Date of Award


Degree Type


University or Center

Clark Atlanta University(CAU)

Doctor of Science



First Advisor

Dr. Issifu I. Harruna


Polyimides were synthesized from bicylic dianhydrides and diamines. The bicyclic monomers used were bicyclo[2.2.2]oct-7-ene-2,3,5,6-tetracarboxylic dianhydride, 1,4,7,8-tetrabromobicyclo[2.2.2]oct-7-ene-2,3,5,6-tetracarboxylic dianhydride and 1,4,7,8-tetrachlorobicyclo [2.2.2]oct-7-ene-2,3,5,6-tetracarboxylic dianhydride. The diamines used were benzidine, 4,4’-diaminodiphenyl ether, 4,4’-(hexafluoroisopropylidene)dianiline and 4,4’-(1,4-phenylenedioxy)dianiline. Each dianhydride was polycondensed with each of the diamines in N-methyl pyrrolidinone (NMP) at elevated temperatures. The polymers were characterized by means of IR and 13C NMR spectroscopy, elemental analysis, solubility and thermal analysis such as differential scanning calorimetry (DSC) and thermogravimetric analysis (TGA). TGA studies indicate that the polymers were all stable to above 320°C. Most of the polymers were found to be soluble in highly polar, high boiling point solvents such as dimethyl sulfoxide (DMSO), N-methyl pyrrolidinone (NMP), dimethyl acetamide (DMAc) as well as concentrated sulfuric acid. Selected comparative solubility studies with wholly aromatic analogues of the bicyclic polyimide indicate that the bicyclic polymers show better solubility. Thermal studies of the behavior of the bicyclic components of the polyimides were carried out by the use of low molecular weight imide dimers. The results obtained indicate that the bicyclic ring system undergoes a thermal retro Diels-Alder reaction thus separating into two fragments.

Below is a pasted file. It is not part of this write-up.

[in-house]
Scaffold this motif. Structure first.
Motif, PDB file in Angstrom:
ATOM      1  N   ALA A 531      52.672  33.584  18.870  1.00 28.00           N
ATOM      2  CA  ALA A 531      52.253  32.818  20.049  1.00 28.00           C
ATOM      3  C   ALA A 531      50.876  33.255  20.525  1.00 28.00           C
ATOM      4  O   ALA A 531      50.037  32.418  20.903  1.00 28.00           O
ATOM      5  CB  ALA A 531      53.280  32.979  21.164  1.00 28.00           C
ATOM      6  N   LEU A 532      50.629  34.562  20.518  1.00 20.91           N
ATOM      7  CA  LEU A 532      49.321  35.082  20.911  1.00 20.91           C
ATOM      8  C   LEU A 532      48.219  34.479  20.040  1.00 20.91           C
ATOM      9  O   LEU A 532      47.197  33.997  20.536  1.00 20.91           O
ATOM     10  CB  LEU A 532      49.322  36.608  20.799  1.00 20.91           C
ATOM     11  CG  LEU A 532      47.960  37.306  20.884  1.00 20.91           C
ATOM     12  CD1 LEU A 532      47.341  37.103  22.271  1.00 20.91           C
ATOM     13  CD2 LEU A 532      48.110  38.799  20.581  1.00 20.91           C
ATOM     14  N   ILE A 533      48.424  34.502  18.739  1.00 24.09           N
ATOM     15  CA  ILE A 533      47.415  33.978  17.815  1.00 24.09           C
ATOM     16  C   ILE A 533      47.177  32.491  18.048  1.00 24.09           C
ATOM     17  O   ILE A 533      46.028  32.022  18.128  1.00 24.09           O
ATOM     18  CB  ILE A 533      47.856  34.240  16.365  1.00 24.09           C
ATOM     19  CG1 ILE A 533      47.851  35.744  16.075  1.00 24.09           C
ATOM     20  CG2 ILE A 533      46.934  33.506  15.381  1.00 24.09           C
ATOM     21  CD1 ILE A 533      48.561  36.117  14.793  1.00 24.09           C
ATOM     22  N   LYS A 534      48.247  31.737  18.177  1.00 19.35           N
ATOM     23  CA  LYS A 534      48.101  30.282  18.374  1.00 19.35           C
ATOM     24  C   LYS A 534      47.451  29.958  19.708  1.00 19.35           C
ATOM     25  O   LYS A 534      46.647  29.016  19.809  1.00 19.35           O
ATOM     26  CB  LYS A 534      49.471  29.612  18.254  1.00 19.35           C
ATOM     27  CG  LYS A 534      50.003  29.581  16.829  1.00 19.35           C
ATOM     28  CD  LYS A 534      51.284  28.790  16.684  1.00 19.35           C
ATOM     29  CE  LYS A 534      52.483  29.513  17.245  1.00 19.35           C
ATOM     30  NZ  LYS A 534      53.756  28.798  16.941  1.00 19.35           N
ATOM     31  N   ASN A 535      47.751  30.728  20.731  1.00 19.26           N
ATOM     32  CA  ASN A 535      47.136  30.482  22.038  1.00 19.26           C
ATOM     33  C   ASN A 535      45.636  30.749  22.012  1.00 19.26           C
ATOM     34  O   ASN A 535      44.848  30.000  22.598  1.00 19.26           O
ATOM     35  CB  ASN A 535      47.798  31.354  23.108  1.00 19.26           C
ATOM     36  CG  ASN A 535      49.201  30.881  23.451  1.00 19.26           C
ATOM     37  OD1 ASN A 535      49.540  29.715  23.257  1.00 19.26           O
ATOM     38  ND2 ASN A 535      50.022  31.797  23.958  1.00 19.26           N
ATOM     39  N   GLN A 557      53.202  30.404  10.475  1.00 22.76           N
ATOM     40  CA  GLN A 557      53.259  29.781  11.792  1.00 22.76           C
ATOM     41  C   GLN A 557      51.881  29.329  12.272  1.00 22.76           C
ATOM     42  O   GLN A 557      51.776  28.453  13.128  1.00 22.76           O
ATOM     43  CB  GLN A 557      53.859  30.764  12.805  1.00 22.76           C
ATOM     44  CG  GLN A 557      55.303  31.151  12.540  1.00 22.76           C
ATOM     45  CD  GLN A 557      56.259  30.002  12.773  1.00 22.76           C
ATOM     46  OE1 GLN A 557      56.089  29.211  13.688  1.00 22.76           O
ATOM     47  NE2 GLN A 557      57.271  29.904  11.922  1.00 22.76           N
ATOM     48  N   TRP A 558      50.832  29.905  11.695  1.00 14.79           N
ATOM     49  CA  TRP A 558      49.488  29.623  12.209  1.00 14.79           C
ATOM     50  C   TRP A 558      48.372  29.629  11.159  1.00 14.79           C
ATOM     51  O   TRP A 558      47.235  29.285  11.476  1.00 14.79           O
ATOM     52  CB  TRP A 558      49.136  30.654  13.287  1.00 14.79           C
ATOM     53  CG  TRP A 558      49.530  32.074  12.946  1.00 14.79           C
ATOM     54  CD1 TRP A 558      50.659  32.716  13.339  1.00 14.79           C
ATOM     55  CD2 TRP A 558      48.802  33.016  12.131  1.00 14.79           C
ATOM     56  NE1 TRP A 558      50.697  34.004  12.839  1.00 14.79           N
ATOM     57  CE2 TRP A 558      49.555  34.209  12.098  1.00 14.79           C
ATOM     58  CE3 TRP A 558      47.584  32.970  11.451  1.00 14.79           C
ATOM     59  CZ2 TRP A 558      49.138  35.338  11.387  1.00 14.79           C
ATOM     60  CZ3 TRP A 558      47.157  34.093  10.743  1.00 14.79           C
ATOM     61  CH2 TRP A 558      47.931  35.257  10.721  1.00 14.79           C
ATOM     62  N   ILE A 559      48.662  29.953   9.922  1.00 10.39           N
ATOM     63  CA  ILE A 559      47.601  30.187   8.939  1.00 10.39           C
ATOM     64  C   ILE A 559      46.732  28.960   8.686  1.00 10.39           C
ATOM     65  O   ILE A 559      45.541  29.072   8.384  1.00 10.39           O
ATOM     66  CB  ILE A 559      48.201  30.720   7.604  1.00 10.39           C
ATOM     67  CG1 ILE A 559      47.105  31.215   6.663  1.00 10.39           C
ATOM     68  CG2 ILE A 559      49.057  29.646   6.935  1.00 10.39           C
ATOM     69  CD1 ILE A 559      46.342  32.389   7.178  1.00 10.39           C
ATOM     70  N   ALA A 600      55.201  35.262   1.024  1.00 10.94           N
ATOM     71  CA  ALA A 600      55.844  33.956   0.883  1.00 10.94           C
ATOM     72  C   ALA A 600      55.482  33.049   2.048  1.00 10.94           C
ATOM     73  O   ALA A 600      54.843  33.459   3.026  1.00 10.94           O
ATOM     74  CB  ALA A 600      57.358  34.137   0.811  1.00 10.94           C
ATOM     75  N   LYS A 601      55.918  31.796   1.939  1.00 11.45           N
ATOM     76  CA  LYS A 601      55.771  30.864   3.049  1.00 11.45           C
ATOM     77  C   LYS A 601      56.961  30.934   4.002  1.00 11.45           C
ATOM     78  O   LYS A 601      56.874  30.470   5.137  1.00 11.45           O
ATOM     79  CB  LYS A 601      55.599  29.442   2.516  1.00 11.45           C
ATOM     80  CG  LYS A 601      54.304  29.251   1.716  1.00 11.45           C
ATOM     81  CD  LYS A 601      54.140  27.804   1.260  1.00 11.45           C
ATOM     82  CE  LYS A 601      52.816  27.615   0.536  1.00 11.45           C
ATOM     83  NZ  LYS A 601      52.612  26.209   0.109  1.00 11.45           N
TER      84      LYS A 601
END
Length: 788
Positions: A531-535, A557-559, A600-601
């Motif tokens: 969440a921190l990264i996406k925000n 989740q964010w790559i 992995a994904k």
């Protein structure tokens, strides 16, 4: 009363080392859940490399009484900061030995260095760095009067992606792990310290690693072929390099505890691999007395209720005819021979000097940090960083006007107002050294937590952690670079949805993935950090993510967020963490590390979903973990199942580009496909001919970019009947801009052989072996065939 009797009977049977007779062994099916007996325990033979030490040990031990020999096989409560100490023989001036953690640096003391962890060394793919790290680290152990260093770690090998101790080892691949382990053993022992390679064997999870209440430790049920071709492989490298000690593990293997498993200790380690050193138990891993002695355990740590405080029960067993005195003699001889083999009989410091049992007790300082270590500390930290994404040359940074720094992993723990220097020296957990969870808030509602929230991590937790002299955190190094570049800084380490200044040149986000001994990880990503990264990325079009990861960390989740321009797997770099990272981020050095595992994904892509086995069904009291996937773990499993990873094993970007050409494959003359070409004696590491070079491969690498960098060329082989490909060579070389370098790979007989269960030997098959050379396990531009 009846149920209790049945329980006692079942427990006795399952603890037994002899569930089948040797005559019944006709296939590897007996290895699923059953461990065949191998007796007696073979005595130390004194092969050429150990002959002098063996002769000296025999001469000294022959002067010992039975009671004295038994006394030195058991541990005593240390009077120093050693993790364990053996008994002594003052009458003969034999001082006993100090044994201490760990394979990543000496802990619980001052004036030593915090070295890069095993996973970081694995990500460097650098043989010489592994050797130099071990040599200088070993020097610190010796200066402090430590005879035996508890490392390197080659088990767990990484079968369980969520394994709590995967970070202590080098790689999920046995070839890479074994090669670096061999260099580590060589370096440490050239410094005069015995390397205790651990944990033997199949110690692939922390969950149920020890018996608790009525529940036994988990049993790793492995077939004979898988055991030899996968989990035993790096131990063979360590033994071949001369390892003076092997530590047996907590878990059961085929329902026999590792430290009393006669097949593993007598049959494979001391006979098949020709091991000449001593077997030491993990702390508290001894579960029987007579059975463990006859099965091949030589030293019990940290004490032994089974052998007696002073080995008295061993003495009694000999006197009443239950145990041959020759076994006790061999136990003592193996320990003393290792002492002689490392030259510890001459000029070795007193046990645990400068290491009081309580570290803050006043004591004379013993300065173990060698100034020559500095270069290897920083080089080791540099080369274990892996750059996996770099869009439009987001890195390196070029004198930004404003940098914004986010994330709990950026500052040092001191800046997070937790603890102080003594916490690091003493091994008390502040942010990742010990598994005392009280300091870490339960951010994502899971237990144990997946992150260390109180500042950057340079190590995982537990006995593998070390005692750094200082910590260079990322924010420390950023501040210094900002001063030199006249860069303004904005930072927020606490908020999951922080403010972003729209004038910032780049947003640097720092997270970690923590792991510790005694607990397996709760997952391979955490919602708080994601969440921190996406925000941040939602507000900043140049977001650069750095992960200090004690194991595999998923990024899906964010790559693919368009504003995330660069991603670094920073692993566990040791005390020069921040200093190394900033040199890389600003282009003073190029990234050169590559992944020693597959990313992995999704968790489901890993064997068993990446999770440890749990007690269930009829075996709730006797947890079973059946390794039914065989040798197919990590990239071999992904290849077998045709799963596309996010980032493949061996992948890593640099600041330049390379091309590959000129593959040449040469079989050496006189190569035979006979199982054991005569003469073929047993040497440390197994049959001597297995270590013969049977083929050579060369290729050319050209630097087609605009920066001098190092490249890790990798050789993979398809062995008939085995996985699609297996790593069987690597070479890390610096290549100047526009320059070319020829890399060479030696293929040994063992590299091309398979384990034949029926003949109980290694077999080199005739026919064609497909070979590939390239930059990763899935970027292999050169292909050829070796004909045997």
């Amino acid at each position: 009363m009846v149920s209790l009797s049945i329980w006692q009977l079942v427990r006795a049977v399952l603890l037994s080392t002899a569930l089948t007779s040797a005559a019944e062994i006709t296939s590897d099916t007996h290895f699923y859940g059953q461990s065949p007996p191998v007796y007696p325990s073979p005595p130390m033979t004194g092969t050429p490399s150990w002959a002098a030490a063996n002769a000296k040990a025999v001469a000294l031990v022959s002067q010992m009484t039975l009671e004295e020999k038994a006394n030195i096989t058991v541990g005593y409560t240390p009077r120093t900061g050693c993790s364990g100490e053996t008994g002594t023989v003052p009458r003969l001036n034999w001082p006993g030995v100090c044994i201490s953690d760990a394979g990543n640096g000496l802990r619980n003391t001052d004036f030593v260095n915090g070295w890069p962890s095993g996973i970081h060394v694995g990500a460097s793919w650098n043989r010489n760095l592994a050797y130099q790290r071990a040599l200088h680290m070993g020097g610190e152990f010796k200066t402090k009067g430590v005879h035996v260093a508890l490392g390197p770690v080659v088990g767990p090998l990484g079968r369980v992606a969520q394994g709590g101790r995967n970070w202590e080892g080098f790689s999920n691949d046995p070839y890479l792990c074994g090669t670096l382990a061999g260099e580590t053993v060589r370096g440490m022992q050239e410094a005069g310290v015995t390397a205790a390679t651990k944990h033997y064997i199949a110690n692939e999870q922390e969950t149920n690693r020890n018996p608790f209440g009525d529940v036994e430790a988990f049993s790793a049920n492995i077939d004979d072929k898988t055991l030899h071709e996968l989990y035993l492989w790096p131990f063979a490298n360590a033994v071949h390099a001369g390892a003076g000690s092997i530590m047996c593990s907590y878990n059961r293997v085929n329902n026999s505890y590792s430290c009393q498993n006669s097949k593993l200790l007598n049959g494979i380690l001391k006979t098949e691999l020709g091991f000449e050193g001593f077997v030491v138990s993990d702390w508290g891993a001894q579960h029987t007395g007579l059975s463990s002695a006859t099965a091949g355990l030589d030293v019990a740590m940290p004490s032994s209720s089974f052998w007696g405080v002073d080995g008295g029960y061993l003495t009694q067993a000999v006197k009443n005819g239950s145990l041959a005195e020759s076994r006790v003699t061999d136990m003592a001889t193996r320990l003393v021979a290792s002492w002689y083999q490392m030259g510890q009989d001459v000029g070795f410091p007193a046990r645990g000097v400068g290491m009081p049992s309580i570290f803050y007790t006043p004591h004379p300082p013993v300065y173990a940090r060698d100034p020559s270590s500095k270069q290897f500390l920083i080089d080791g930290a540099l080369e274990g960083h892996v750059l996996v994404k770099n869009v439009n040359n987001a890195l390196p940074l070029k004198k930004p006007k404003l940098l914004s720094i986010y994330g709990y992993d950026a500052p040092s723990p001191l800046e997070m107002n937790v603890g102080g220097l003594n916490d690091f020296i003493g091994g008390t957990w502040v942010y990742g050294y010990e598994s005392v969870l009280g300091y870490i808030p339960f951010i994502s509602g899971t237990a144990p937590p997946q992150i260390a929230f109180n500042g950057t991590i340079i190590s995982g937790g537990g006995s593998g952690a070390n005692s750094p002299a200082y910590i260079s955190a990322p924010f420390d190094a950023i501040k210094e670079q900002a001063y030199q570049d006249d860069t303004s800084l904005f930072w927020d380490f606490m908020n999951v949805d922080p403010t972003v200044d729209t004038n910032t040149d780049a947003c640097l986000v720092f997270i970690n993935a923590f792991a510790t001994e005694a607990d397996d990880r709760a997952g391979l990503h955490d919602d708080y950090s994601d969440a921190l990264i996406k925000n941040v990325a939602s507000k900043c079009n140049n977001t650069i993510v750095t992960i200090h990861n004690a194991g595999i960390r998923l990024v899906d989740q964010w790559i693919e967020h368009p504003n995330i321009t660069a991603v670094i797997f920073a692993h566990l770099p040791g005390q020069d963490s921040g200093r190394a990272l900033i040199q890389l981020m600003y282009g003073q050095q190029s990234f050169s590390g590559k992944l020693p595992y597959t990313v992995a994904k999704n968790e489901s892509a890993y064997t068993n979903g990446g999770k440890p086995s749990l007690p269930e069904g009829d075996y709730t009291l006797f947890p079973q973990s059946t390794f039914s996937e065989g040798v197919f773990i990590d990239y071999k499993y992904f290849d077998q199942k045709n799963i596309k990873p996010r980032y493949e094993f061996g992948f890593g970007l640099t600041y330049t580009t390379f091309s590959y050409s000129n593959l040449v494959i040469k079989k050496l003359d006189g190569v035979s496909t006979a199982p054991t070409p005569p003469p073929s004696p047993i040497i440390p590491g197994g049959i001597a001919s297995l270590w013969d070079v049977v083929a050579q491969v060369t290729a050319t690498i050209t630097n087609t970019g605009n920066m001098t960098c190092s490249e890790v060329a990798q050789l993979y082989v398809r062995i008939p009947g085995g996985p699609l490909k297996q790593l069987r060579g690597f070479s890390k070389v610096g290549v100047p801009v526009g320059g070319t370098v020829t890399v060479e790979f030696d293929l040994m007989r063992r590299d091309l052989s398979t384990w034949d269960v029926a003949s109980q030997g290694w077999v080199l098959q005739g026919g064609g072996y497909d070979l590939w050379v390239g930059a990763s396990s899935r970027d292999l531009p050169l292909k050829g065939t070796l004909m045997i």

Signature Location_Supplemental file.pdf (45 kB)
Notice to Users, Transmittal and Statement of Understanding

Included in

Chemistry Commons